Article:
More on "shitasse" journals

Jan 30 2012 Published by under Scientific Publication

A bit of a Twittstorm was raised today by Jonathan Eisen (@phylogenomics) who posted a (Modest?) proposal that we should respond to Elsevier's naughtiness over the Research Works Act by

stop helping promote articles published in Elsevier journals.  Don't blog about papers in Elsevier journals.  Don't tweet about them.  Don't use Elsevier papers for journal clubs.  In essence, ignore them - consider them dead - make them invisible.  Not completely of course.  Any work should be considered a contribution to science or math or whatever your field is.  But there are LOTS and LOTS of things to do with your time.   

This is in strikeout because Dr. J. Eisen thought better of his snark. As I suggest above, perhaps he was making a Modest Proposal. At any rate, the original twittstorm was fanned by YHN.

My recent readers may have come to the conclusion that I am one of those Open Access wackanuts. I am not. I am, or have been, rather a skeptic of the more....excessively fervent OpenScienceELEV3NTY111!!!111!! types.

It is my position that the TruBeliever Acolytes of OpenAccess need a firm hand now and again to bring them back down to reality. Think of the responsibility churches have to keep the snake-handlers and speakers-of-tongues within reason. The way regular Christian folks need to point out that Pat Robertson is, in fact, pretty insane with his God's revenge on the Hurricane-Belt stuff. You take my point.

Anyway, there is one core point that needs to be explicated in this because it segued from (J.) Eisen's flipping of the bird to the overall notion that it is okay to dismiss / ignore research papers on the basis of where they are published. Some Twitt going by @lightsam1 is of the PhysioProffian opinion that there exist "shitasse" journals in which we will never find anything of any worth, scientifically, so there is every excuse to simply ignore them.

This is unscholarly in the extreme. The argument, in my view, is exactly the flip side of lauding papers that are published in GlamourMags as if they are something special. They are not.

In either case. The science is the thing. There should be no substitution, ever, for making a scientific judgment about the merits of a given paper based on association.

This was the essence of my objection to (J.) Eisen's original post. No matter how pissed you may be at the publisher, it is not right to overlook the best, most relevant papers. It is not. Similarly, it is not right to overlook the best (or first, or most comprehensive) citation because it was not in a sufficiently Glamourous journal. This runs counter to good scholarship in academic science. I will entertain the debate over priority, if it is the best scholarship to cite the first report that touches on an issue simply because it appeared first. I happen to think an excess of this is a very large part of Glamour problem but...ok. It is always okay to have differences of opinion over what is the "best" or "most comprehensive" or "most elegant" demonstration of a much-replicated effect. Fine. That we can debate.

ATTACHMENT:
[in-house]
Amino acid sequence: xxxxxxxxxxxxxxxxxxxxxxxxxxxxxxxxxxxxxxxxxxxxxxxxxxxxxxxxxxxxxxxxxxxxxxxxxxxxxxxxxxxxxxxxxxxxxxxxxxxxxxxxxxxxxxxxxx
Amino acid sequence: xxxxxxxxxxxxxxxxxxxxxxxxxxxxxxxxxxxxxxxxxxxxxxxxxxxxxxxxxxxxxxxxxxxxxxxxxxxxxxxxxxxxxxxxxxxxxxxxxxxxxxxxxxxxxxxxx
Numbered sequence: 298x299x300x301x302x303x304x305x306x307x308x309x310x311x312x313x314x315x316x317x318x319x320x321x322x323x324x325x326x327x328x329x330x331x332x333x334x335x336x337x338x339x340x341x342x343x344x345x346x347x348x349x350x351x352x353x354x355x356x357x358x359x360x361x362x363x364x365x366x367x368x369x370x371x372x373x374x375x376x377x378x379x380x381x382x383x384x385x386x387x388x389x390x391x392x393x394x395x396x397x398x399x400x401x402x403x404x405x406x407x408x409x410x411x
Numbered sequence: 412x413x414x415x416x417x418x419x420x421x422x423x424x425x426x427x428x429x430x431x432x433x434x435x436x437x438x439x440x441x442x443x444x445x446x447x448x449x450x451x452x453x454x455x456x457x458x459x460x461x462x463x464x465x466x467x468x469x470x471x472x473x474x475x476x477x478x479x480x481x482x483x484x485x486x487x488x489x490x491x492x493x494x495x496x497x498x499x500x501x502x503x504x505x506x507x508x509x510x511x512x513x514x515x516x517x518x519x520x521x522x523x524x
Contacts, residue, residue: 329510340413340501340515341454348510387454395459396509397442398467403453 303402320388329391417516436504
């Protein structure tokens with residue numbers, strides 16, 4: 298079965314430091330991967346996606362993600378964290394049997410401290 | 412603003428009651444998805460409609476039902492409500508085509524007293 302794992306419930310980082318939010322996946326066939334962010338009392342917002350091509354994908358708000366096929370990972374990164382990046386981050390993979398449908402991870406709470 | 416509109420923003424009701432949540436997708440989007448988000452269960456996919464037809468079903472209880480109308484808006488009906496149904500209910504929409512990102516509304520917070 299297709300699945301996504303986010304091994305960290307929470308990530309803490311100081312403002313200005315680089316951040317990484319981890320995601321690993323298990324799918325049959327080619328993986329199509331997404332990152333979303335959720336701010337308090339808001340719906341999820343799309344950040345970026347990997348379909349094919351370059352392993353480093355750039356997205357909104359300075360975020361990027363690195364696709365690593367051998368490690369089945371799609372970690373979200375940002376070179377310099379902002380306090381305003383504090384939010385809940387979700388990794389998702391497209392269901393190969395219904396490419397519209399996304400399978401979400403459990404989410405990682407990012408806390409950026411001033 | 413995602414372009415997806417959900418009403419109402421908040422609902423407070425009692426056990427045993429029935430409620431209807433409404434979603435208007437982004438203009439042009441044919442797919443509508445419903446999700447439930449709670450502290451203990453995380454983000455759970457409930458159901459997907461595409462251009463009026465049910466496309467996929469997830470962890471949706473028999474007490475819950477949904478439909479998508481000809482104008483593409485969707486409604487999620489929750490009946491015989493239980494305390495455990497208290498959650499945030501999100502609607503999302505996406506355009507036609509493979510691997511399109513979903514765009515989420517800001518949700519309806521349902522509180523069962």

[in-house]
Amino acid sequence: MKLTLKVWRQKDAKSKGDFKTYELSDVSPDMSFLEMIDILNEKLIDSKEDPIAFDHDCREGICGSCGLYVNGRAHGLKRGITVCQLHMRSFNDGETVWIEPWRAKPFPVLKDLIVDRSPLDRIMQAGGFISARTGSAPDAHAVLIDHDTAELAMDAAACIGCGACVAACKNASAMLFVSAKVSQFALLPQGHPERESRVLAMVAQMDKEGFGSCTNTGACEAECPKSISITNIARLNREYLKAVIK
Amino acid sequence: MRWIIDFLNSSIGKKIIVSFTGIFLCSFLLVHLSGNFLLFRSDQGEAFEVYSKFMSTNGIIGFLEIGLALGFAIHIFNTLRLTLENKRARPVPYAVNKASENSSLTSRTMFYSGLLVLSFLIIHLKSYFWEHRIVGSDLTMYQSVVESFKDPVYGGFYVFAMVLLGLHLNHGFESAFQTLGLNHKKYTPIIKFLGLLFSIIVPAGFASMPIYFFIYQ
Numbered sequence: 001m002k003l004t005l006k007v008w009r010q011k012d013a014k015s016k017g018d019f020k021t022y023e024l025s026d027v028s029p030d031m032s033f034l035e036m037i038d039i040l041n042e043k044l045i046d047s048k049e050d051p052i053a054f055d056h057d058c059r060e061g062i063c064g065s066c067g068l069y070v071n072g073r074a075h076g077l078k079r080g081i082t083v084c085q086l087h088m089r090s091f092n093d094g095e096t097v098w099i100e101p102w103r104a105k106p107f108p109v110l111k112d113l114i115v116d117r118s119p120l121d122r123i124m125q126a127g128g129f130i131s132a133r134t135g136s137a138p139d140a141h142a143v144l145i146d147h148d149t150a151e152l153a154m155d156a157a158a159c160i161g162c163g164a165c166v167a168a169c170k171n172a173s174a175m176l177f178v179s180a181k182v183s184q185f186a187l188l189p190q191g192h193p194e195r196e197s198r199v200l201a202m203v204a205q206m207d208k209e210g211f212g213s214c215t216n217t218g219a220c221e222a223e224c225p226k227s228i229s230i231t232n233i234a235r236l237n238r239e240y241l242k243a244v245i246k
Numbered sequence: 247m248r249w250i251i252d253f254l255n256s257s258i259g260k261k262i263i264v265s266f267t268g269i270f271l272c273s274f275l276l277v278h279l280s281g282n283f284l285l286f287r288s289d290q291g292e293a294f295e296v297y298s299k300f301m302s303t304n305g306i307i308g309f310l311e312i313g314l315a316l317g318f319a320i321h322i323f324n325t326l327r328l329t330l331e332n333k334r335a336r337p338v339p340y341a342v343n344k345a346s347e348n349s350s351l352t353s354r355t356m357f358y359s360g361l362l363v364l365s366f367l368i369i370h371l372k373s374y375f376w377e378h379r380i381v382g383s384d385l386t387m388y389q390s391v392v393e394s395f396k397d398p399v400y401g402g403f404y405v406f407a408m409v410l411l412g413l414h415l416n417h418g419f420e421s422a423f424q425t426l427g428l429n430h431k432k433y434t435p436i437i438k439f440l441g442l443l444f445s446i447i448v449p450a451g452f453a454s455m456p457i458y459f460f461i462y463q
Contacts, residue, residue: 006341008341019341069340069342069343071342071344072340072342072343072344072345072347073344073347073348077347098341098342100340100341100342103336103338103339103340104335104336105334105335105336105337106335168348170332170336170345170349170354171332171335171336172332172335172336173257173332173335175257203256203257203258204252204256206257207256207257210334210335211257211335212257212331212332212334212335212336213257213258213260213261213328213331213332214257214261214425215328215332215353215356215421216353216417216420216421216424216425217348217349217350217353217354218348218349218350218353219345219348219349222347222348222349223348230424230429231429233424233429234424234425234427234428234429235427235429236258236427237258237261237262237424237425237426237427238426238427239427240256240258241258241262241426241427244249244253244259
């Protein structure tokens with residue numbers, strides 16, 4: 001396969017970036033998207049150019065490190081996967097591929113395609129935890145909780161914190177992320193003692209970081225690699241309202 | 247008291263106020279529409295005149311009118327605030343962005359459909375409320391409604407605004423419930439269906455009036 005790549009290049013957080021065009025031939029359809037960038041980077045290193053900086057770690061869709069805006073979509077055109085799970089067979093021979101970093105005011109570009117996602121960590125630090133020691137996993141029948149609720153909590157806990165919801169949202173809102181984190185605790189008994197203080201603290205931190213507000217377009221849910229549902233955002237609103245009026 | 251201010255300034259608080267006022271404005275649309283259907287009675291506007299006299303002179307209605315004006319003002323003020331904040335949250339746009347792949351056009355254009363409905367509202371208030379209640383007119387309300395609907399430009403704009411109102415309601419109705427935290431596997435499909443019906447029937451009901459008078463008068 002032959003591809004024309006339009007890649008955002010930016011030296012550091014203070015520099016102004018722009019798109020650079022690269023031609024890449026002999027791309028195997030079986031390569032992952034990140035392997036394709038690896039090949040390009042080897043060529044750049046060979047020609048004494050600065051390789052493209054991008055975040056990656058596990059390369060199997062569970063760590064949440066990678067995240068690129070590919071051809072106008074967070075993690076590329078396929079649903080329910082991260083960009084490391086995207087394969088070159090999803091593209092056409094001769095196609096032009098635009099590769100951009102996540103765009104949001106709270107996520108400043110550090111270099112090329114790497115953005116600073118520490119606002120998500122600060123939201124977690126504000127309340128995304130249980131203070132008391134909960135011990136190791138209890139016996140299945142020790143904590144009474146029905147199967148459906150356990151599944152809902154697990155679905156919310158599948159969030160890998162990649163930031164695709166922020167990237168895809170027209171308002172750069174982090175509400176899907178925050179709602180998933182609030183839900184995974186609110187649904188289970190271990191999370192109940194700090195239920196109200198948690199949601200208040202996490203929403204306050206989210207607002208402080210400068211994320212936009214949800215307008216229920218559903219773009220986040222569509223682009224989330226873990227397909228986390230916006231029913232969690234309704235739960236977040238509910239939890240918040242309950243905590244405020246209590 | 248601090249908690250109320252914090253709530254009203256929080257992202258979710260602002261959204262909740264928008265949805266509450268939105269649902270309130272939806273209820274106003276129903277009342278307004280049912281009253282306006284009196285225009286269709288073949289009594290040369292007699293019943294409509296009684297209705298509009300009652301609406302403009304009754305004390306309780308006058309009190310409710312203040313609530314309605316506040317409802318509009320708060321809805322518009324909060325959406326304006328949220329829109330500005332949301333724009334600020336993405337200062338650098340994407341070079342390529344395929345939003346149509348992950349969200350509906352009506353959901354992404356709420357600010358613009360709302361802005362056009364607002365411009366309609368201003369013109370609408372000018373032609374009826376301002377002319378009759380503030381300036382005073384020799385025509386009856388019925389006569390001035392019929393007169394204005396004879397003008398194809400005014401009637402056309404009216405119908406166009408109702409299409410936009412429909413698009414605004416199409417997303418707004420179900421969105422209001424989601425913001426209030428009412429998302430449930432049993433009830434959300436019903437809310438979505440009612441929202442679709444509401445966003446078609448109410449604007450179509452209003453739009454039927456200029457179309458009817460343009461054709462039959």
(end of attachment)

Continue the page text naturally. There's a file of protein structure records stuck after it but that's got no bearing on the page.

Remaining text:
However. The notion that you are citing (or not citing) a paper based on where it is published is always wrong.

Consistent with what I was saying in a prior post, there was an excuse in the Pre-PubMed era to focus on a subset of the available journals because humans weren't capable of keeping up with everything. In the PubMed era, however? No excuse whatsoever. Online databases and search engines provide readily available, simple and reasonably* comprehensive mechanisms to sort the literature.

If anything, you should be almost unaware of journal identity and IF and perceived "status" these days. It just doesn't have any scholarly value.

__
*remember, not everything relevant to your work is indexed by your favorite search database. Who know when some odd economics paper might be really cool to cite, eh?

72 responses so far

  • I am with you 100% on this. Ideas and discoveries and knowledge should be recognized wherever they are presented ... thanks for keeping me in line

  • Brian K says:

    "If anything, you should be almost unaware of journal identity and IF and perceived "status" these days. It just doesn't have any scholarly value. "

    Should we apply this to cases of tenure too?

  • Yes Brian K you should apply that to tenure cases. People should be evaluated by the quality of their work. It is wrong to use a surrogate (like the name of a journal) for that. For tenure evaluations one should read people's papers, evaluate their service work, get letters, and evaluate them by their total contribution and potential and not leave that work up to a few journal editors and reviewers.

  • lightsam1 says:

    Perhaps this is a result of the shortcomings of twitter conversations but you've completely distorted my point.

    I contended that there are way too many journals. Many of these journals have shockingly low standards. This is evinced both by the science contained within publications and the lack of even cursory grammatic edits. These publications make it so that one has to sift through tons of junk when researching a scientific topic. They are a waste of the author's time (in many cases are simply meant as CV padding) and provide a disservice to the scientific community.